There are 3 potential bottlenecks for this:
1- the speed of the harddisk
2- the speed of the interface (USB, SATA)
3- the speed of the OS and the application used for copying
1- harddisks today are capable of ~ 100 MBps, notebooks HDDs as used in external 2.5" cases maybe a bit slower (60-80 MBps). You can attain this speed only when copying sequentially large files, copying many small files will need a lot of mechanical movements of the lever arm in the HDD which will reduce the transfer speed substantially.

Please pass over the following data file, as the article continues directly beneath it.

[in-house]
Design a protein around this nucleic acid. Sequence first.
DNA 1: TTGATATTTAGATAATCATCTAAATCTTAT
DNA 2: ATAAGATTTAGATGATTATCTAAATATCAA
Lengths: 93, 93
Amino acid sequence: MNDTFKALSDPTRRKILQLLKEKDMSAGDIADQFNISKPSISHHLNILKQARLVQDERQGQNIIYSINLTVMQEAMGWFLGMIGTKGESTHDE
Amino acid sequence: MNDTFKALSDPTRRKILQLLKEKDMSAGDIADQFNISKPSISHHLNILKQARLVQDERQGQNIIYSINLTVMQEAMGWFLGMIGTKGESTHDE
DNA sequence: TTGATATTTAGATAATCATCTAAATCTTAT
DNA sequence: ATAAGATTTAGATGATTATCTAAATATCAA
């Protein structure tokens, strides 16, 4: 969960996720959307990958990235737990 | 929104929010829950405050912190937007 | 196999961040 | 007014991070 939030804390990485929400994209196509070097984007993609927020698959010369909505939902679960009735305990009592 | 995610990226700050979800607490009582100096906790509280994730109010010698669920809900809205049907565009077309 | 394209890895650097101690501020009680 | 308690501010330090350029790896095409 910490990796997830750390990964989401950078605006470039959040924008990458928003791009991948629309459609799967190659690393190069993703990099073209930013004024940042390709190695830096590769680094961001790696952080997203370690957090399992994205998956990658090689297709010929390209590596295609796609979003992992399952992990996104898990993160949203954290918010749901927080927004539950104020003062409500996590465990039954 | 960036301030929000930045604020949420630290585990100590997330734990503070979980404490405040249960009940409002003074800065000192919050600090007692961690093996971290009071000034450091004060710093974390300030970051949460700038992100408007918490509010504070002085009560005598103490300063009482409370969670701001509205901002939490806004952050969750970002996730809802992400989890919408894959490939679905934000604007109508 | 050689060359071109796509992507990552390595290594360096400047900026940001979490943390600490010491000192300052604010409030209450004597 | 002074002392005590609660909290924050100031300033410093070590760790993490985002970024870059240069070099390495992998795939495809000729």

2- if your choice is between USB3 (5000 Mbps) vs. USB2 (500 Mbps), always choose USB3. If you need 2 such ports, use a hub. The maximum transfer rate of a USB2 HDD is around 30 MBps, and on USB3 still x10.
3- if you use Windows explorer this can be very, very slow, mainly if the number of files to copy is a couple of 10.000s. Use a specialized application like TeraCopy which uses (it's own) buffering to maximize throughput. An added benefit is that it automatically checks the file integrity of the copy by calculating a checksum.
So, in short: connect both HDDs to the USB3 hub, connect the hub to the USB3 port and use a copy utility.